Sweet flavours in multiple colours to bring your plates alive!

125 g

Weight

Janv. - Déc.

Saison

Harvested

by hand

Traditional

varieties

Season

  • Peak season
  • Available
  • Not available
Jan.
Feb.
Mar.
Apr.
May
June
July
Aug.
Sept.
Oct.
Nov.
Dec.

Did you know?

Carrots are part of the Apiaceae (Umbellifera) family. They were discovered 5,000 years ago and have been cultivated in Europe since the 18th century. Carrots have not always been orange. Indeed, the first arrivals on our tables were purple and white. Orange carrots were produced by humans crossing varieties with red and white flesh.

Purple, yellow, white, violet, these carrots from traditional varieties are now being cultivated again:

  • Yellow carrots: their skin and flesh are yellow and they have a particularly sweet taste.
  • Purple carrots: their skin is dark purple and their flesh is a marbled orange and purple.
  • White carrots: their skin and flesh are white.

These colourful carrots cook faster than traditional orange carrots.

Cooking tips

HOW TO CHOOSE COLOURED CARROTS

They should be very firm with beautiful, pronounced colours. Intense colour and shine are indicators of the freshness of carrots.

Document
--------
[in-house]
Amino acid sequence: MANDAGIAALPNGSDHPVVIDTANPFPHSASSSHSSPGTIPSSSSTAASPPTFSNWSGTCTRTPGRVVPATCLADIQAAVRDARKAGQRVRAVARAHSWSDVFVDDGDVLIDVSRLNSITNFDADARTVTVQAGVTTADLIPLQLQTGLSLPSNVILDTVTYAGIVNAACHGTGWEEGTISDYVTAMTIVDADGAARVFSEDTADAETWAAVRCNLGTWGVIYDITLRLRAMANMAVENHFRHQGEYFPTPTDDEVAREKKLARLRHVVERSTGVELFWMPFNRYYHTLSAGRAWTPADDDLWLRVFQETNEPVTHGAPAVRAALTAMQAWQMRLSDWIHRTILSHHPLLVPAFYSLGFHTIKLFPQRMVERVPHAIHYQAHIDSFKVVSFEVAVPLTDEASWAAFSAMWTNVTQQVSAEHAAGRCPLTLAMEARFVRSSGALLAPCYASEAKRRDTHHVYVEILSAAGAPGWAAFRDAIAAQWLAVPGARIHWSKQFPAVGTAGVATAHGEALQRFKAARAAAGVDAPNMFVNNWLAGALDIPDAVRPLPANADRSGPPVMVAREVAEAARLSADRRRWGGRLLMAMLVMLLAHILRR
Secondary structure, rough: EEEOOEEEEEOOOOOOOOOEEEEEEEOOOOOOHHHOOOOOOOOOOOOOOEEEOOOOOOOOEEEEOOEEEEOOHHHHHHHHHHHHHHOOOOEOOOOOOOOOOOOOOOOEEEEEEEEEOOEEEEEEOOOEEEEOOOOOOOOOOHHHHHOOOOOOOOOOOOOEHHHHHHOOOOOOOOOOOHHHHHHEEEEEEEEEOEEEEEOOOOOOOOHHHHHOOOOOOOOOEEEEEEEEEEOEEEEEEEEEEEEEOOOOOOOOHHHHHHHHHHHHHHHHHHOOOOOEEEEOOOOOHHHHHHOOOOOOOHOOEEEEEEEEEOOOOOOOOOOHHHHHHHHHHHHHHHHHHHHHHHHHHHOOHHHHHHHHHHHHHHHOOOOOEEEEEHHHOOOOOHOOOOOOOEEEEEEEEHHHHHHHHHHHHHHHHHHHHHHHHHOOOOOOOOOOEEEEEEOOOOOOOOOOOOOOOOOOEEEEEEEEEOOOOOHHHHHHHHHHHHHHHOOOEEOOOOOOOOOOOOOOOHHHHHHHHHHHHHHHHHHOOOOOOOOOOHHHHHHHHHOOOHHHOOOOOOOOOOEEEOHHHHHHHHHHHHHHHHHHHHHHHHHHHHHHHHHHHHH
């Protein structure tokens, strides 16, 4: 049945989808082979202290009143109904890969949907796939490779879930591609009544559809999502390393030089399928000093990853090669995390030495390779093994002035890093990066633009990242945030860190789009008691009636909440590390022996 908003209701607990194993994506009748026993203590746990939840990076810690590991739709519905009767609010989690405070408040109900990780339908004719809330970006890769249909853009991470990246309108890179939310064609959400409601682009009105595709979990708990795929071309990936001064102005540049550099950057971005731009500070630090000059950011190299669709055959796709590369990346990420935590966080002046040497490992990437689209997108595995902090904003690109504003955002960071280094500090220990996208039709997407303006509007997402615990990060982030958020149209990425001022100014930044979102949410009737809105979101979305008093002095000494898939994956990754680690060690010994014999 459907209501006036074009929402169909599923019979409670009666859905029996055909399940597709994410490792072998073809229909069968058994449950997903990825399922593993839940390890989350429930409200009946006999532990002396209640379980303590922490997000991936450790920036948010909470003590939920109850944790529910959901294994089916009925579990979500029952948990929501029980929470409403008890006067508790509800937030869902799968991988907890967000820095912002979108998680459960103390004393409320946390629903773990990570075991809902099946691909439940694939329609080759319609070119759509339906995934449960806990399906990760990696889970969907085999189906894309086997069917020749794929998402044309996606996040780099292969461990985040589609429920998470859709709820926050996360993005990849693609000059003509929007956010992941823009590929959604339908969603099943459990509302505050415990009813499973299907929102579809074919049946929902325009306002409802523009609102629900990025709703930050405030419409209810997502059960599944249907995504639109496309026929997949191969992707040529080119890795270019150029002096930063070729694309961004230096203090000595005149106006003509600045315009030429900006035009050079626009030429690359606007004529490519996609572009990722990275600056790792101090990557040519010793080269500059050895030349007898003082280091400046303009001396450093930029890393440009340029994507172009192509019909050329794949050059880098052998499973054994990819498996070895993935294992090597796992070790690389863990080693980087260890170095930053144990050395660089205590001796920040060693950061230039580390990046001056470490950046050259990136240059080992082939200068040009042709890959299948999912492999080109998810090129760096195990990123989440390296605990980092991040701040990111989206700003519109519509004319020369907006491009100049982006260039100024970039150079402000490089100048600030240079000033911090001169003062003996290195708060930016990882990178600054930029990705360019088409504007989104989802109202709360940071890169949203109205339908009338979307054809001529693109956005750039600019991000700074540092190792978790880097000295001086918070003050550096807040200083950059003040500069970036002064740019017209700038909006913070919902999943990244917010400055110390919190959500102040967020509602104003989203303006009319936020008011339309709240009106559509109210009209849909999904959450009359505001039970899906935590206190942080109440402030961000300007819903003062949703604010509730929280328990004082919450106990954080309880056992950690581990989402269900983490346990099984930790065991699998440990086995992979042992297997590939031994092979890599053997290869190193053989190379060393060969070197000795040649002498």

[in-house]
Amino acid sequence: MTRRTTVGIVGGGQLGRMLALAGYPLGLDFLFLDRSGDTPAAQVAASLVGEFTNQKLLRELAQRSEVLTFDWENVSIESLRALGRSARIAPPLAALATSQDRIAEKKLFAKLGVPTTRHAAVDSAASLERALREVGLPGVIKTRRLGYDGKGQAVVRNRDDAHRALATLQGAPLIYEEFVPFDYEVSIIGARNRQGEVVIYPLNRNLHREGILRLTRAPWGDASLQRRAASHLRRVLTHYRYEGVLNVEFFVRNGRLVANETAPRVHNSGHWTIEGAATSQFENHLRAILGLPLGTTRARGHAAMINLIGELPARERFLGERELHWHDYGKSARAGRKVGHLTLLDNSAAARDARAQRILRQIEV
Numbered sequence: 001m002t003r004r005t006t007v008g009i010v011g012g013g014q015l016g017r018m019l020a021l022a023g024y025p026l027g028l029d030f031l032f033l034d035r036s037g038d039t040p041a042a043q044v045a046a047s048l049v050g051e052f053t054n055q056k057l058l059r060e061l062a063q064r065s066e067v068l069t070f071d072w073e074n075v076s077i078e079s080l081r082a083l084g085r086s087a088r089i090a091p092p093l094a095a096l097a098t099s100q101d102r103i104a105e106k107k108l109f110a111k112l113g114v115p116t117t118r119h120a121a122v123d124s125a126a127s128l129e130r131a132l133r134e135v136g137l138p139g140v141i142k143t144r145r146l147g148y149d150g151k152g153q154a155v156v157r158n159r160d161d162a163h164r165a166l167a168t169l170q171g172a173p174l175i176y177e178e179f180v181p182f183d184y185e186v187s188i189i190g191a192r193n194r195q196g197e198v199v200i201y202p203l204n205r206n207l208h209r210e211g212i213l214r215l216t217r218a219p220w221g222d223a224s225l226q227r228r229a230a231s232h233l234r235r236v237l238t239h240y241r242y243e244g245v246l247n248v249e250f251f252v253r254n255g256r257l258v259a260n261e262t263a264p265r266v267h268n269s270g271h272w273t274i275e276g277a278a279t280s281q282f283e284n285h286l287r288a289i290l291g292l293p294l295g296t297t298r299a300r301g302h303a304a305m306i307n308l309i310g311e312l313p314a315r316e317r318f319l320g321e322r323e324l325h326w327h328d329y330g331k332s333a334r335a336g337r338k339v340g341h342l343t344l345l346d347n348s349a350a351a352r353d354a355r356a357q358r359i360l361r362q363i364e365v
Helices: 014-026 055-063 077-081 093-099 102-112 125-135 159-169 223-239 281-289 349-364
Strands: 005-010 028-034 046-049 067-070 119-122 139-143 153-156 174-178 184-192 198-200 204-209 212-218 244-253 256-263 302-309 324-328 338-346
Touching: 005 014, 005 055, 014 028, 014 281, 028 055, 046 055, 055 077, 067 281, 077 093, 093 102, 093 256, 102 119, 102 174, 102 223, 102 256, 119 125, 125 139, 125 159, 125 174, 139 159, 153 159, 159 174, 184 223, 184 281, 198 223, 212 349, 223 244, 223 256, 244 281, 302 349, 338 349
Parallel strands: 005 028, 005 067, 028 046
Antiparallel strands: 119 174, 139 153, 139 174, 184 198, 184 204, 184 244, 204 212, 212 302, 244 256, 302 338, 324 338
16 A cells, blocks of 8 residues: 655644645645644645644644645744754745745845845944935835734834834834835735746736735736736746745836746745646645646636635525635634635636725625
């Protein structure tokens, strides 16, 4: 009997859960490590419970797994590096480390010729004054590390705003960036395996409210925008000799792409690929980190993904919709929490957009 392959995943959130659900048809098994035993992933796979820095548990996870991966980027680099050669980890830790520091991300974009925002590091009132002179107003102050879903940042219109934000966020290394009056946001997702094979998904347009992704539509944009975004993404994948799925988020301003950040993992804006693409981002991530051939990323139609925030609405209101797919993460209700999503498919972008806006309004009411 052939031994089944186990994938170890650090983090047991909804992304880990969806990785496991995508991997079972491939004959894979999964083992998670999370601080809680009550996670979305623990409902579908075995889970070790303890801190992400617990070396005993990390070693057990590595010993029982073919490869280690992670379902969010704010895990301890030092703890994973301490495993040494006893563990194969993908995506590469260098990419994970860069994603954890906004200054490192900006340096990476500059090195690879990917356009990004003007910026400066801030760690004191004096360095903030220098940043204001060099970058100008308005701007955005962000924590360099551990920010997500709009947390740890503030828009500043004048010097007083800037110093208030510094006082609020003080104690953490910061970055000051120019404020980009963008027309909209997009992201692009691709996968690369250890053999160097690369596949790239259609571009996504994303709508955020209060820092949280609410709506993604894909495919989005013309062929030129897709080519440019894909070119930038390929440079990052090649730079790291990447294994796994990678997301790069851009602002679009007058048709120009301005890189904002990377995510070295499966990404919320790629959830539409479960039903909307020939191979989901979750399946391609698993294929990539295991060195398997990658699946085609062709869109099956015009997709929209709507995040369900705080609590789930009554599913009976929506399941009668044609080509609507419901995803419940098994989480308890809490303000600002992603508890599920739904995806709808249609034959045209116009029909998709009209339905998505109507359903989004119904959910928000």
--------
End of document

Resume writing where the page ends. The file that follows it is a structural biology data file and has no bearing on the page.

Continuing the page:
HOW TO PREPARE COLOURED CARROTS

Start by peeling the carrots with a peeler, then rinse them with clean water. You can also brush them and eat coloured carrots with their skins.

Carrots can be cooked whole or chopped according to your recipe: slices, tagliatelle, julienne or brunoise. They can also be roasted or cooked whole.

HOW TO COOK COLOURED CARROTS

Carrots can be eaten raw and cooked:

30 mins

In boiling water

20 to 30 mins

Braised with the lid on the pan

 

HOW TO STORE COLOURED CARROTS

Carrots can be stored for up to a week in the refrigerator. Once washed, they don’t keep for long.

Cooking suggestions

Play with the different colours these carrots offer in your dishes. It is best to use them raw to maximise the impact of their beautiful colours! For an aperitif, cut into sticks and offer them with a variety of sauces.

Coloured carrots pair very well with lemon, orange or even spices. They can be cooked just like orange carrots and can be eaten as a dessert in a cake or as a main course in pies, soups and purees.

Chef’s tip

To maintain the colour of these carrots, soak the vegetables in plenty of very cold water before draining them. Add ice cubes to the water if necessary. Cold water fixes the colour.

Nutrition

The health benefits of carrots are numerous. They are a source of potassium, folic acid and vitamin K, and also provide pro-vitamin A.

Energy (kj/kcal) 154/37
Fat (g) 0.26
of which saturated fat (g) 0.054
Carbohydrate (g)

6.45

of which sugar (g) 5.42
Dietary fibre (g) 2.7

Protein (g)

0.77
Salt (g) 0.098

Potassium (mg)

301
Vitamin A equivalent (mg) 1382
Folic acid (B9 in µg) 32.3
Vitamin K (µg) 13.8
Energy (kj/kcal) 80/19
Fat (g) 0.1
of which saturated fat (g) 0.019
Carbohydrate (g)

2.6

of which sugar (g) 2.51
Dietary fibre (g) 2.8

Protein (g)

0.55
Salt (g) 0.051
Vitamin A equivalent (mg) 557
Vitamin K (µg) 13.7